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Patrick Reusse

Patrick Reusse has been covering sports in the Twin Cities since 1968.

Reusse: Rays' payroll cutting allows Twins to land established starter

FORT MYERS, FLA. -- There is quite a dance taking place with the future of baseball in the Tampa Bay area. Earlier this month, it was announced the Rays had signed on for the pursuit of an $800 million stadium in the Ybor City area of Tampa. This would require a great deal of public investment, and there is no plan yet in place from which to draw that money.

Meantime, the Rays seem to have embarked on a controversial strategy to demonstrate the need for a new stadium:

Rather than building enthusiasm for the upcoming season, they have talked publicly of the need to reduce payroll, and took a pair of bold actions on that front on Saturday night.

It could be pointed out the Twins tried the desperate approach – all the way to volunteering for contraction – in the late 1990s and start of the 2000s without success. It wasn’t until three straight division titles from 2002 to 2004 helped generate some enthusiasm that Hennepin County’s financing plan was approved by the Legislature on May 20, 2006.

Target Field opened in 2010, Miami got its new stadium in 2012, and that has left MLB with only two locations suffering because of aged, unappealing stadiums: Tampa Bay, with Tropicana Field in St. Petersburg, and Oakland, in whatever the Coliseum is being called these days.

I was talking to Marc Topkin, the Rays reporter for the Tampa Bay Times, on Monday and he said the front office was being asked to reduce the payroll from the high 70s in millions to the mid-60s.

Mainly, I wanted to ask Topkin about the Twins’ chance to acquire starting pitcher Chris Archer. Topkin’s answer was it was highly unlikely Archer would be traded – that a package including Max Kepler, Nick Gordon and a top pitching prospect would not be enough.

His message was that if the Twins wanted a starter from the Rays, the one they could get was Jake Odorizzi.

And that’s what happened on Saturday night:

First, the Rays designated for assignment Chris Dickerson, an All-Star in 2017, rather than pay his $5.95 million salary. They brought in C.J. Cron ($2.3 million) from the Angels to take his place, and hope to trade Dickerson in the next 10 days.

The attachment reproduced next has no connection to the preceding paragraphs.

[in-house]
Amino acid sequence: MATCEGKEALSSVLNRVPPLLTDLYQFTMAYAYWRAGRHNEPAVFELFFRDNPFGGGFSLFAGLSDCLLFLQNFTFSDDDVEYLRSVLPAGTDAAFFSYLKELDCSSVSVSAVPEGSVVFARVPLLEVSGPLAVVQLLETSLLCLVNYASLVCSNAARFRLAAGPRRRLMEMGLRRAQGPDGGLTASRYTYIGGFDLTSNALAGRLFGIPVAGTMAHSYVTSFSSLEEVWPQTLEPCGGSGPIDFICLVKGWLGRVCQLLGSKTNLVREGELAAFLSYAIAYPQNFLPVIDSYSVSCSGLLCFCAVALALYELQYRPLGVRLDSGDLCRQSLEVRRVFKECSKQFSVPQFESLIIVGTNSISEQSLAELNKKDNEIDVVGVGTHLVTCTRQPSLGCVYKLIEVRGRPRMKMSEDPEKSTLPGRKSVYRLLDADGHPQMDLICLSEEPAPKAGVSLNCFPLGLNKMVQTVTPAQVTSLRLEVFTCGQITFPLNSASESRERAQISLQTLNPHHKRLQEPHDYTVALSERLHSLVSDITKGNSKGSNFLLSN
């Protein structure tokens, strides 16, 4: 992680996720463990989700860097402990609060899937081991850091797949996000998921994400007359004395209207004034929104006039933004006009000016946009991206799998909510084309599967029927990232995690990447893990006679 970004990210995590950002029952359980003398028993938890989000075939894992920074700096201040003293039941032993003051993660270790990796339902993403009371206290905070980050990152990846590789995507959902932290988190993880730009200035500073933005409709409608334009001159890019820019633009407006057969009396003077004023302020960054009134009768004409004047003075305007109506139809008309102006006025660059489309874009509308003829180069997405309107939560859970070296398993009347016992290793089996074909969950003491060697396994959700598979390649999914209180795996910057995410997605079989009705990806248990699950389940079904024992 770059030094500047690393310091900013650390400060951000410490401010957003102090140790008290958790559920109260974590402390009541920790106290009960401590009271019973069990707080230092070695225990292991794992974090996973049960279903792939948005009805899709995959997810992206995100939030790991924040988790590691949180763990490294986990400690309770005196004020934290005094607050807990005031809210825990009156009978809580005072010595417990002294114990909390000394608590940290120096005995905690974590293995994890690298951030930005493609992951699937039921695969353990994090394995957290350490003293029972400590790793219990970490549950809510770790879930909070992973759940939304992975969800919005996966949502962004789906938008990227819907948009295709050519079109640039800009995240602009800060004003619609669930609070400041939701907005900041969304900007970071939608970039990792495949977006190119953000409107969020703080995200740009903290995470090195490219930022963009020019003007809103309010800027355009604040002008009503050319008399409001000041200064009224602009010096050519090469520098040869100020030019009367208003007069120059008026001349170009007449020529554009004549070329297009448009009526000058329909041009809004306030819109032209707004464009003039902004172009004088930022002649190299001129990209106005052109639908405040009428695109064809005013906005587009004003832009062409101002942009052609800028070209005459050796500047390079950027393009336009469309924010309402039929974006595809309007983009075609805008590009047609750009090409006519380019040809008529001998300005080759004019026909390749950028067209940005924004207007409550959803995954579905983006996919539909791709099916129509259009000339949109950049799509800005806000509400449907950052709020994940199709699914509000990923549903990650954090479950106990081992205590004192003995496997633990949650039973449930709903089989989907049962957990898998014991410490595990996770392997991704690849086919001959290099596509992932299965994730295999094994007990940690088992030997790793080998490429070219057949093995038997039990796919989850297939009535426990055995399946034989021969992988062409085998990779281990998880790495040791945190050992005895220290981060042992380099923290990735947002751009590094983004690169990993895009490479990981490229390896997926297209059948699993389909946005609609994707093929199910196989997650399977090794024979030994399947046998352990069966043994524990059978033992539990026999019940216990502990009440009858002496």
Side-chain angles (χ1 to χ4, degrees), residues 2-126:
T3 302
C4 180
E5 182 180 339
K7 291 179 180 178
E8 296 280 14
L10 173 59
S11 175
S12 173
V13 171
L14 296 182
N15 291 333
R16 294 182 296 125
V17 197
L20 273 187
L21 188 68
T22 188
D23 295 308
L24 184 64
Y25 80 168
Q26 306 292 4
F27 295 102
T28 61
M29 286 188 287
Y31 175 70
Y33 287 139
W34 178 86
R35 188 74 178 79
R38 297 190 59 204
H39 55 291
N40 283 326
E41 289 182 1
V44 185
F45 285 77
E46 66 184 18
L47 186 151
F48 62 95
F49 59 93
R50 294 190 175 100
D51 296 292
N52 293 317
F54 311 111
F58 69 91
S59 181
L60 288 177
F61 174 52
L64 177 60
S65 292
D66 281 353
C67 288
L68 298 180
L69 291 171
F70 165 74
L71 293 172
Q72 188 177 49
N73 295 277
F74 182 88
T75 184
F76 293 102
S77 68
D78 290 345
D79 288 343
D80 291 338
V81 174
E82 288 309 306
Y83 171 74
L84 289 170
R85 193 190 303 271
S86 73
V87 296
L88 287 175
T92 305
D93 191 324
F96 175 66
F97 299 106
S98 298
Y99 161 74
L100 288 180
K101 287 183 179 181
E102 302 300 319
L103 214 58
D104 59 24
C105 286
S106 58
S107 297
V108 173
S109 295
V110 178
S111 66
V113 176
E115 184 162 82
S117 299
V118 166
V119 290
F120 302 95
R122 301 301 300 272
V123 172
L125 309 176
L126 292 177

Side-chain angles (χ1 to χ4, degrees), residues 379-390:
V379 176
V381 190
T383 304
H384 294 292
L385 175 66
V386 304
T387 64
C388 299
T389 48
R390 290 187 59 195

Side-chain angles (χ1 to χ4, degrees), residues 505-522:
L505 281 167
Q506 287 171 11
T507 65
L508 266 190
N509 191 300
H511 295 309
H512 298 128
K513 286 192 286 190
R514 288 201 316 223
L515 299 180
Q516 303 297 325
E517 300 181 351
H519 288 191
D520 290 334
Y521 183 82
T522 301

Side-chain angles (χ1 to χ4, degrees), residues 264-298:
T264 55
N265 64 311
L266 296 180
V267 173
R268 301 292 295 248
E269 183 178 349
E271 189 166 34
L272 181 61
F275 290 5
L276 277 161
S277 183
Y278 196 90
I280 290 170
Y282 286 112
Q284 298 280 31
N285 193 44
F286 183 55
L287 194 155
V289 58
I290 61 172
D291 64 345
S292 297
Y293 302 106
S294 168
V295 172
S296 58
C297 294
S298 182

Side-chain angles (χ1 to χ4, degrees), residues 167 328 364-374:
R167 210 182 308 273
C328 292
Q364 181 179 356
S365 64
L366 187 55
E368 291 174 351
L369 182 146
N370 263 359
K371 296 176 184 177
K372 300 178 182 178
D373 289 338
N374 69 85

As the smattering of Rays followers in Tampa Bay were digesting that, the word got out around 9:45 p.m. Eastern that the Twins had acquired Odorizzi from the Rays, and did so by surrendering their fourth best shortstop prospect in 21-year-old Jermaine Palacios.

It was announced Thursday that Odorizzi had won his arbitration case for $6.3 million, at the same time it was revealed Twins starter Kyle Gibson had lost his case.

Odorizzi and the Rays had gone to arbitration two straight years. He had beaten them and received a $4.1 million salary in 2017.

The Rays were on the hook for $6 million even if they had beaten Odorizzi in arbitration, so he was going to get traded either way.

The Twins and the Rays had been talking about this trade for a month. They asked about Archer, even made an offer, but the true possibility of getting a deal done was for Odorizzi.

The latest Twins prospect ratings on have shortstops Royce Lewis and Gordon Nos. 1 and 2, and shortstop Wander Javier at No. 5. Palacios was rated No. 28; well thought-of by people who watched him in Class A last season, but expendable for the reward of a badly needed veteran starter.

Odorizzi throws in the low-90s with a mix of as many as six pitches. He’s from southern Illinois, near St. Louis, and he’s a big hockey fan. We should be able to handle that need for him in Minnesota.

The Twins are going to make room for Odorizzi by putting Michael Pineda on the 60-day disabled list. They can do the same for Anibal Sanchez by putting Trevor May on the 60-day disabled list. He’s coming back from Tommy John and the team’s timeline had May on the mound in mid-May.

The injury to ace Ervin Santana, the timeline for May, the lack of optimism over Phil Hughes’ future – the Twins had to make a move for an established starter, and Odorizzi qualifies.

Reusse: Vikings' QB room could become quite the 'happy' workplace

The quarterback room for the 2018 Vikings could turn out to be the most cohesive workplace this side of Starkey Laboratories.